The advent of the all-volunteer force and the evolving nature of modern warfare have transformed our military, changing it in serious if subtle ways that few Americans are aware of, says Pulitzer Prize-winning historian David Kennedy. He looks at issues such as who serves and why and the impact of non-uniformed "contractors" in war zone.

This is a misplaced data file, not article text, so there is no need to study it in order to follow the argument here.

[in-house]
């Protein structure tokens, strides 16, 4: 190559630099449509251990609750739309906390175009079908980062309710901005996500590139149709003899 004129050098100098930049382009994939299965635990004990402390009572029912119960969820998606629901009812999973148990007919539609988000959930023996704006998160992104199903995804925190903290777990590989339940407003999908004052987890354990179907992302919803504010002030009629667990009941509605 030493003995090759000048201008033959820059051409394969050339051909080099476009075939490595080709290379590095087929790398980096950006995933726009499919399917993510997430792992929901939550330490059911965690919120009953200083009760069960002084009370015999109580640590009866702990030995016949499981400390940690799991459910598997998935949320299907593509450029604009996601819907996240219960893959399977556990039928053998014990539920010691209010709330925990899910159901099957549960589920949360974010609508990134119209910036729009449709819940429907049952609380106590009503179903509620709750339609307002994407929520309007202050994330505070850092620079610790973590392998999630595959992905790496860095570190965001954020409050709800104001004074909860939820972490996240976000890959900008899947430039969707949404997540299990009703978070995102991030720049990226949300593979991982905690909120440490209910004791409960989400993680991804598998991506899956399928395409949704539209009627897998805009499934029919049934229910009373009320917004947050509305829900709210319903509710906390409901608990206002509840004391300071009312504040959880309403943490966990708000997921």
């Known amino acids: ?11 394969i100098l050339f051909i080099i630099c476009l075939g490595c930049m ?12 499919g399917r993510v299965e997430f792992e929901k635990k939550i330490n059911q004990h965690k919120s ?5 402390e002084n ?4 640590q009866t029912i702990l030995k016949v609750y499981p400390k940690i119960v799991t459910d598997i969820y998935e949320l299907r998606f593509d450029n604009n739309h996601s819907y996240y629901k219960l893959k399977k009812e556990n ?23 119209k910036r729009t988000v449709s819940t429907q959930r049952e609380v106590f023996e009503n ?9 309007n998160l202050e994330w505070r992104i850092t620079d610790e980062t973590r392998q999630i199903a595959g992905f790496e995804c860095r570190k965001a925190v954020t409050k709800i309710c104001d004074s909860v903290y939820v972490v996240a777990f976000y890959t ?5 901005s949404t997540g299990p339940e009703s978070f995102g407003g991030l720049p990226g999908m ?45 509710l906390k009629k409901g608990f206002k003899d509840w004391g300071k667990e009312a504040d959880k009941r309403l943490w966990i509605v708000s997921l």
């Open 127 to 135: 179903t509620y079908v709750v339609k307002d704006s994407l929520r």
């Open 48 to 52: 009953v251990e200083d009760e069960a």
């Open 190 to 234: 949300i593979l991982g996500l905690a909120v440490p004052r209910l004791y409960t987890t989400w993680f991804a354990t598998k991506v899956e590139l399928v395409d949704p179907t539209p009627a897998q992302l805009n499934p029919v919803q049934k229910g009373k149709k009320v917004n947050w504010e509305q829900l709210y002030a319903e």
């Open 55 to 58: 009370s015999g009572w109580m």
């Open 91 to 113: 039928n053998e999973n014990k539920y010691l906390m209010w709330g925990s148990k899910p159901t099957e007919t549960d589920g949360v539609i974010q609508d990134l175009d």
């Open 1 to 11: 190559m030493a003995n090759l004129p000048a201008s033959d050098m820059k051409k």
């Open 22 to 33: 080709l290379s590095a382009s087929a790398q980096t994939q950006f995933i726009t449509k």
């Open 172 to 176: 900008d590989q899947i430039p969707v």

David M. Kennedy is the Donald J. McLachlan Professor of History Emeritus and co-director of the Bill Lane Center for the American West at Stanford University, where he has taught for more than four decades. His book, Freedom From Fear: The American People in Depression and War, 1929-1945, was awarded the Pulitzer Prize for History in 2000. He has lectured on American history in Italy, Germany, Turkey, Scandinavia, Canada, Britain, Australia, and Ireland. He is a fellow of the American Academy of Arts and Sciences and the American Philosophical Society. In 2008, the Yale Graduate School of Arts and Sciences awarded him the Wilbur Cross Medal, its highest honor.